His fist was wrapped around her arm before she could duck out of range, but she turned until they were side by side, stances mirror images of one another, and brought her elbow up towards his throat. When he leaned back, she helped him fall, backing away and watching warily. She didn’t avoid his next attack, and was dumped on her rear, but made it to her feet quickly enough again.
They watched each other, guarded, and then he sneered, “Why are you even trying? You don’t belong here, girl.”
That was a high kick, Professor Arakawa reflected with a cringe on Narren’s behalf. At least the boy had managed a decent block, so it wouldn’t hurt him so much. The knee to the stomach—that had to be painful… So did that upper cut… That punch was going to leave a bruise…
“Stop,” he ordered, taking a mental note that he owed Narren far more than twenty points extra credit.
Lethya had just landed a kick in his stomach that sent him thudding into the wall a few feet feet behind the boy. Straightening, she glowered balefully at him as he in turn glowered balefully at Professor Arakawa, nursing a swollen jaw and cheekbone and other bruises in places he couldn’t see. “For the record,” Narren told Lethya, voice distorted from a swiftly numbing jaw, “the teach asked me to provoke you.”
Fifty points, he decided with a mental sigh. “Very good, both of you… Narren, you can take a trip to the nurse’s office if you want… Lethya, I’d like you to follow me…” He ran a hand through his hair, wondering what they were going to do with this girl. Memories or no, she’d had training as a fighter—that only fought when she was severely provoked and appeared to have the emotional fortitude of an earthworm. If she didn’t want to be verbally kicked around like a sack of flour at this school, she’d have to learn to stand up for herself, which seemed fairly doubtful. But by the Emperor, could she fight! With practice and more training, in a few years she’d be almost as good as Maia herself!
Here they were, in the middle of a multi-millennia war with Jaegar, and then the human equivalent of an atomic bomb, or so it seemed, had just been dropped into their laps. It didn’t get much better than that.
He turned, only to find his human atomic bomb staring at the ground, silver eyes seeing another time. And from across the room, resentful orange-red eyes were locked on her as well.
3:41 PM, MONDAY, APRIL 13
The hangar echoed with the footsteps of not just the Head Commander but the AFT class as they followed her inside. “Everyone get into a battle simulator,” she barked, crossing her arms and adding in lower voice, “Over there, Lethya.”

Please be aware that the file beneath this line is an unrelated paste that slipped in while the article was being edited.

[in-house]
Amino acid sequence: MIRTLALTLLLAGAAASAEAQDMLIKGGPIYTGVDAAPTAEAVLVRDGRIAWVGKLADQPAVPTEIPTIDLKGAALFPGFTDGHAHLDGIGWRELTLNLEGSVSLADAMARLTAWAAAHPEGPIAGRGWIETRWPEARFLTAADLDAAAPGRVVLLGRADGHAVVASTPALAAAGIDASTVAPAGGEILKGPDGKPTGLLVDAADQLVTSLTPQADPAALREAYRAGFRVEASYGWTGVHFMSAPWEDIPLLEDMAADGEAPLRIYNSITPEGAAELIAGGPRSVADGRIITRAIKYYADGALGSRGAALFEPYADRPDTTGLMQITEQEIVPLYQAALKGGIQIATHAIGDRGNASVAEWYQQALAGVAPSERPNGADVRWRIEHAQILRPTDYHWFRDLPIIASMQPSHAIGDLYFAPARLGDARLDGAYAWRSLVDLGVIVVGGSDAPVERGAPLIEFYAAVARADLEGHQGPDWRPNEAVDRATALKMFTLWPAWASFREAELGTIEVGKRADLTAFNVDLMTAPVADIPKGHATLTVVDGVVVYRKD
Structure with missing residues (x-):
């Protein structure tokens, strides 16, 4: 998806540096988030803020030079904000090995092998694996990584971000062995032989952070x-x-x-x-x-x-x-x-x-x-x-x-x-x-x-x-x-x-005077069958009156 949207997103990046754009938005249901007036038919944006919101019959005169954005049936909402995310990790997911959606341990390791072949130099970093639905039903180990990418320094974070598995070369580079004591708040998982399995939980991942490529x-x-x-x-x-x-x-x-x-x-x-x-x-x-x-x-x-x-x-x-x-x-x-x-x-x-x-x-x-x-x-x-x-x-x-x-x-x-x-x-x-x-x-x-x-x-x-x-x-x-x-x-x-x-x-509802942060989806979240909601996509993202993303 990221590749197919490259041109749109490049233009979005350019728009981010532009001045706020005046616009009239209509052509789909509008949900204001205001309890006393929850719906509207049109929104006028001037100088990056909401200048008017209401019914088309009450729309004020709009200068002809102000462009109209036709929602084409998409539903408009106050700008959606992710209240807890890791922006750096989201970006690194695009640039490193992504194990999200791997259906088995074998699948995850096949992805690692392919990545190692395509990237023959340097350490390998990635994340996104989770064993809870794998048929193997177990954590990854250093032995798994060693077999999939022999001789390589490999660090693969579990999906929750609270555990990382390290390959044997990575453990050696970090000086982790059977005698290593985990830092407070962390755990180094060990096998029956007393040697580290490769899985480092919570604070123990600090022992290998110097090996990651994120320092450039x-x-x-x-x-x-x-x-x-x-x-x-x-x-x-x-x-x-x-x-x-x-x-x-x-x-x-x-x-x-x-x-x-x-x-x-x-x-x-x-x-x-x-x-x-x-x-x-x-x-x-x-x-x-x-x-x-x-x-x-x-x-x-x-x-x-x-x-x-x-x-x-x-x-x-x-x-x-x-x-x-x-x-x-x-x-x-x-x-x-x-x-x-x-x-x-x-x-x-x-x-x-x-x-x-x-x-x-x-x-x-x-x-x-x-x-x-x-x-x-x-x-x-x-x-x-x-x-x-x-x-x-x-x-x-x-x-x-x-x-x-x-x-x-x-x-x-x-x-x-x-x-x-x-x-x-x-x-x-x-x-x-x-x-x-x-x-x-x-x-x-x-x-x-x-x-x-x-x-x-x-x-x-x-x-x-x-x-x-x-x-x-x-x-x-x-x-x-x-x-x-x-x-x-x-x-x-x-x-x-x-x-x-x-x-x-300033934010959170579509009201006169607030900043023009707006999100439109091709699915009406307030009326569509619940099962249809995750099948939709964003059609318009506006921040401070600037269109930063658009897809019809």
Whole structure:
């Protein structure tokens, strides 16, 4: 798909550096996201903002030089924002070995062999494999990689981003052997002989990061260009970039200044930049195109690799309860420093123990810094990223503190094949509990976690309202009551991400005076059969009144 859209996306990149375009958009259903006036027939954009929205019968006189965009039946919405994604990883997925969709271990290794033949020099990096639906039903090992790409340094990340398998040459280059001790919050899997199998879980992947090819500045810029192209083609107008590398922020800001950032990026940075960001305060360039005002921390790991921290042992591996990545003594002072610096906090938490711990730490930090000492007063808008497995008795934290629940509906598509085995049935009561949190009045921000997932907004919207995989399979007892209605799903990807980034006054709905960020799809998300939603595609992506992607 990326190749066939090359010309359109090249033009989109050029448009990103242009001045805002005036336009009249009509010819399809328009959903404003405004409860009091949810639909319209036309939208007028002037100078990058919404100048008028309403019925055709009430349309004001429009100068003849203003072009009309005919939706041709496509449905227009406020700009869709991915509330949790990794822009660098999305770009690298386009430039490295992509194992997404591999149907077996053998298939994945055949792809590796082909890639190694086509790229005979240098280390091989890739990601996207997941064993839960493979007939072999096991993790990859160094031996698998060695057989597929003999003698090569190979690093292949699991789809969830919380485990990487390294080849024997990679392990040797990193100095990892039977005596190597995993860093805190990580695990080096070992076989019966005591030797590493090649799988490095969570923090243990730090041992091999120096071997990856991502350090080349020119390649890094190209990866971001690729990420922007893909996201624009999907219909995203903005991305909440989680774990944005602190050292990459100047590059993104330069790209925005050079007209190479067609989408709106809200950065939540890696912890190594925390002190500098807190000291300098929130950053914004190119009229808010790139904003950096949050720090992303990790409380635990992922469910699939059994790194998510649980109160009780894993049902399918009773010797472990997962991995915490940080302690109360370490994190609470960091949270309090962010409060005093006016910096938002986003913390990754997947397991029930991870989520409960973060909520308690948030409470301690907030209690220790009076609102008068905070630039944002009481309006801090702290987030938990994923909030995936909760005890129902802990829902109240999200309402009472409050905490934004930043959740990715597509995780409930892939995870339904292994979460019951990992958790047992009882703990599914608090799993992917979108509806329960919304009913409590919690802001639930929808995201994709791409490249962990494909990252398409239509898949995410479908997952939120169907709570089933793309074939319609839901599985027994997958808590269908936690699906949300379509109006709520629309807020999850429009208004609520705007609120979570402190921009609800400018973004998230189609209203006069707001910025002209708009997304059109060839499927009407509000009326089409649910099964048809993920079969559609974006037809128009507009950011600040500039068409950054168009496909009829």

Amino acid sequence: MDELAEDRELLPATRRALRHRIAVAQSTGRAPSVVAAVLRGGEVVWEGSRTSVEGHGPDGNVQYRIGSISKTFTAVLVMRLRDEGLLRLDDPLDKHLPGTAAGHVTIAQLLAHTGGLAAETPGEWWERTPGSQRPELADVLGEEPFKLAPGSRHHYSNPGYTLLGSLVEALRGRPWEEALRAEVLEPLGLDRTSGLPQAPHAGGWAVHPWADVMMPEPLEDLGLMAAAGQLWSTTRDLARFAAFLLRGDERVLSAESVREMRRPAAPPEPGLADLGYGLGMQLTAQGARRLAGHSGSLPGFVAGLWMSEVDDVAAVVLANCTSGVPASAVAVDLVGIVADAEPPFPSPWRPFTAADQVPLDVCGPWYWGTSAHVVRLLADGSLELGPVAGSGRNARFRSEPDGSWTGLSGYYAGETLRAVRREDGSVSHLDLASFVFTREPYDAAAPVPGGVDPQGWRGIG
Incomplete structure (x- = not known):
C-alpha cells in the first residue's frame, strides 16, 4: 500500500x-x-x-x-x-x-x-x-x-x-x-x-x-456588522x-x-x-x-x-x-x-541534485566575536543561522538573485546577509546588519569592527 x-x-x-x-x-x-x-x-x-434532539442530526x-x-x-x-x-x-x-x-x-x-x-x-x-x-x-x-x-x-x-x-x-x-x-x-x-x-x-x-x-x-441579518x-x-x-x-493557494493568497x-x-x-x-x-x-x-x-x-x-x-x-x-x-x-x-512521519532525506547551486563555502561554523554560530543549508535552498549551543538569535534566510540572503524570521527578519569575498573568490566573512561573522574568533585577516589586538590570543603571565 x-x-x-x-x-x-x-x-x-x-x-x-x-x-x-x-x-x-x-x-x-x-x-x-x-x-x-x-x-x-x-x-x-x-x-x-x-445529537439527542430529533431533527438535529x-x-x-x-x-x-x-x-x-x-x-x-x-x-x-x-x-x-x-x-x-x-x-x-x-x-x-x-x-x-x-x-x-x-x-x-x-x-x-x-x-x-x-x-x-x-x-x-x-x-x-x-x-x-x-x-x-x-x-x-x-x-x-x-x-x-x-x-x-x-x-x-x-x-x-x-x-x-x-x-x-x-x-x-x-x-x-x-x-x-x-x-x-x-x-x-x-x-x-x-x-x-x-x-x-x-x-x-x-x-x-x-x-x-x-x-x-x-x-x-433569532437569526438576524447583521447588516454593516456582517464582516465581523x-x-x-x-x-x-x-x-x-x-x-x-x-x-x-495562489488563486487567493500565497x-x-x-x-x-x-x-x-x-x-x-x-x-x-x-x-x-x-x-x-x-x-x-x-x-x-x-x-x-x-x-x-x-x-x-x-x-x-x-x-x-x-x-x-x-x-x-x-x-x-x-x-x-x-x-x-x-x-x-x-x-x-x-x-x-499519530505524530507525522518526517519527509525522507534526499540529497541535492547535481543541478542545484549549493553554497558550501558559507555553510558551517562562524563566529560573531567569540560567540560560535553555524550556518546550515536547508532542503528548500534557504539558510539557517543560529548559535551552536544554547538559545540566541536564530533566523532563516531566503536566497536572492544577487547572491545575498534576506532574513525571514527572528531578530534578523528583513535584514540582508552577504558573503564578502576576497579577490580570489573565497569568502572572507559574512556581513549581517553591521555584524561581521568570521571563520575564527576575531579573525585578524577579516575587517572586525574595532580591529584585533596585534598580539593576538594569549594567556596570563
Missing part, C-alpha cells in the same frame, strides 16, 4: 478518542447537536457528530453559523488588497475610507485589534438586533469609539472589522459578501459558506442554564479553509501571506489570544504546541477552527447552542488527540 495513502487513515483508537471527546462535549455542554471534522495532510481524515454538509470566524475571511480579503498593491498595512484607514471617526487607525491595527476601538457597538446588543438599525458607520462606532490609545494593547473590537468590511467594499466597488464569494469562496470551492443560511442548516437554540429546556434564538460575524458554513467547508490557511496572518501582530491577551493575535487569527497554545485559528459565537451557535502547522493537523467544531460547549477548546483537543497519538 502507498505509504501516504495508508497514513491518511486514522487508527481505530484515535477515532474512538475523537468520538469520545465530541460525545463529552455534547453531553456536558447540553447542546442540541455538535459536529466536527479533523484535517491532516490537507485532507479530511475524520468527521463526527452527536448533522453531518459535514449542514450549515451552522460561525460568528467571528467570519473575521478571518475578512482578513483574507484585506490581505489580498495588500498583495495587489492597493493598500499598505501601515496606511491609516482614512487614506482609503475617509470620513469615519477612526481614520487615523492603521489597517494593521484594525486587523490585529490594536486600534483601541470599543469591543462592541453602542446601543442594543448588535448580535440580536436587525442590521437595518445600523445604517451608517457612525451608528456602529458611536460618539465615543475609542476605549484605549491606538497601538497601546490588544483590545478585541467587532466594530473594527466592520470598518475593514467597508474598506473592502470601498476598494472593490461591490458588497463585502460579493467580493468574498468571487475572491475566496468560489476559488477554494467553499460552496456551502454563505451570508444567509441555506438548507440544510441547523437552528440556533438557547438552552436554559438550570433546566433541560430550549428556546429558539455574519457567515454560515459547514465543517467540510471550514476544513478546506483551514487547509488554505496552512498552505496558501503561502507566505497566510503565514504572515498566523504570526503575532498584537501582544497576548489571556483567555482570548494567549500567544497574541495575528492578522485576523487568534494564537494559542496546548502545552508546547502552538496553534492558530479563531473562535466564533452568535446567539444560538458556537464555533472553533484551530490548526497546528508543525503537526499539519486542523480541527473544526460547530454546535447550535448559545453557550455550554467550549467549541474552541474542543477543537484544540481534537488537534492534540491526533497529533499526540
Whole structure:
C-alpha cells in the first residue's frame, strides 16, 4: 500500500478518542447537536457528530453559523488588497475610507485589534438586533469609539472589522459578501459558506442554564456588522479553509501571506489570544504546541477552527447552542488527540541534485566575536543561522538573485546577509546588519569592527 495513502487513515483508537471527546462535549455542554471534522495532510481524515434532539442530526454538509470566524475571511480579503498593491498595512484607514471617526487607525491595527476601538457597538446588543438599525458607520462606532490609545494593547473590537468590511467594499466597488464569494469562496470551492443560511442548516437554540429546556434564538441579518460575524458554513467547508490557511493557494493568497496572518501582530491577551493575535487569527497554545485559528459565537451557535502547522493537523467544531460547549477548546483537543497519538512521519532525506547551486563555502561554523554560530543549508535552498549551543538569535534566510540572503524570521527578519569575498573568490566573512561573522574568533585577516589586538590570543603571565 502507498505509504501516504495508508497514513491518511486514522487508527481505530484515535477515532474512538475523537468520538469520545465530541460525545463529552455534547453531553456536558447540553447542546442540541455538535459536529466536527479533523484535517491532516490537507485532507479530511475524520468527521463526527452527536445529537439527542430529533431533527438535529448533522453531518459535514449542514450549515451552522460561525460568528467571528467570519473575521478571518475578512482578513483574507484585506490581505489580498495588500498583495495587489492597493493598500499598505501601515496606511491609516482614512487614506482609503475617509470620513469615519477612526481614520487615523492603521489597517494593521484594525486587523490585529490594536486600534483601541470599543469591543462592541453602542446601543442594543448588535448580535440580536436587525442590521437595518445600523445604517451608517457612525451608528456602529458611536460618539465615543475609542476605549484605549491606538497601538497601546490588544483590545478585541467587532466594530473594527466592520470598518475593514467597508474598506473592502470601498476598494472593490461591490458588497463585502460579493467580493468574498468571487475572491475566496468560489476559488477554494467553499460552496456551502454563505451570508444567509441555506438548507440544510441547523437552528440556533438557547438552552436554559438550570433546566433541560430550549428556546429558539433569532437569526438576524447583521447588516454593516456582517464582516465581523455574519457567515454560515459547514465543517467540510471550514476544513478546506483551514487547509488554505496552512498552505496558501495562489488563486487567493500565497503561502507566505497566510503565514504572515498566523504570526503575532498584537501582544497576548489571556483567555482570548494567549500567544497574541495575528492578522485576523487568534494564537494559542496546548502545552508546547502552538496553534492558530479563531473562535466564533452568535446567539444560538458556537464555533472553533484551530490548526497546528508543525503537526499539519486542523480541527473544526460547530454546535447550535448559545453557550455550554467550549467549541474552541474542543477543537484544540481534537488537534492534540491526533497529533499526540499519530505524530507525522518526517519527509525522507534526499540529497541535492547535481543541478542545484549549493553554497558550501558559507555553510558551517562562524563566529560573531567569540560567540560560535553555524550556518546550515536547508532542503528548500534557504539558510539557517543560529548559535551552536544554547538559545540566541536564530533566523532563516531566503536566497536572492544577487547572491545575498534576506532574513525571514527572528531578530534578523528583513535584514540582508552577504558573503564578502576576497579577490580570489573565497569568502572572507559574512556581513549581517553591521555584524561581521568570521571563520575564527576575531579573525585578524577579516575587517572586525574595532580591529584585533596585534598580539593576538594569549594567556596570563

She nodded quickly and trailed after the boys. Maia had to hold back a sigh of exasperation when she noticed that most of them, with the exception of Jerik, were doing a remarkable job of giving her the cold shoulder. Including her partner. This could be an issue…
Lethya slid into the last booth, the metal sides coming down around her, and picked up the helmet on the dashboard in front of her. The controls were different than the ones she’d used but identical to the many illustrations in The Manual. She swallowed, sliding the helmet over her head and wrapping her hands around the single steering lever. There was no way for her to do a psymantic analysis on a simulation, and the advantages the DA-001 had had in the cockpit alone were more than obvious.
It’s a challenge. A very…ugly-looking challenge.
“Five seconds,” Maia said crisply.
Lethya took a deep breath, reminding herself that she’d flown a decidedly more complex machine and not gotten herself killed. This couldn’t be too bad.
The visor on the helmet flickered to life, showing her position in the hangar. The other pilots began to take off, and she hit the fuel switch. Or it had been the fuel switch in the DA-001. This was the missile launcher, which she recalled an instant after she’d flicked it. Red lights began flashing and she hurriedly shut it off again, trying to remember where the real fuel switch was. No, it was a button—she found it and gave it a jab, the Dragonship roaring to life underneath her. Her free hand seized the steering lever and frantically pushed it forward, only to hear gears squall all around her, the craft lurching forward and nearly colliding with the one in front of it. Yanking back made it nearly stop in its place.
Now flustered, she brought up the speed again, but it wasn’t going very fast. She mentally reached for the boosters under the wings—
But they weren’t there. This was a simulation, and a simulation of a normal Dragonship at that. There weren’t any boosters and they wouldn’t be there on any ship other than the one she’d flown.
She was going too slow—if she continued, she’d plummet when she came to the opening. Swallowing, she pushed forward, ignoring the fact that most of the boys had long since gotten their aircrafts out. Her hands shook a bit, and in response the ship swerved slightly, throwing her off balance.
She knew she didn’t have the same advantages she’d had, where she’d been able to see where everything was on the ship and knowing how it would work, but this was humiliating. Gritting her teeth, she pushed forward on the throttle.
The engine grated in response, and a bitter blaze spewed from the main thruster. She rocketed forward, shooting into open air, and dropped for a moment, then rose unsteadily.
A Muteran jumped on her tail. Her arms ached to use both steering handles on the DA-001, instead of the one handle here—she could use those, and twice as well as this! Nevertheless, she tried to whirl around.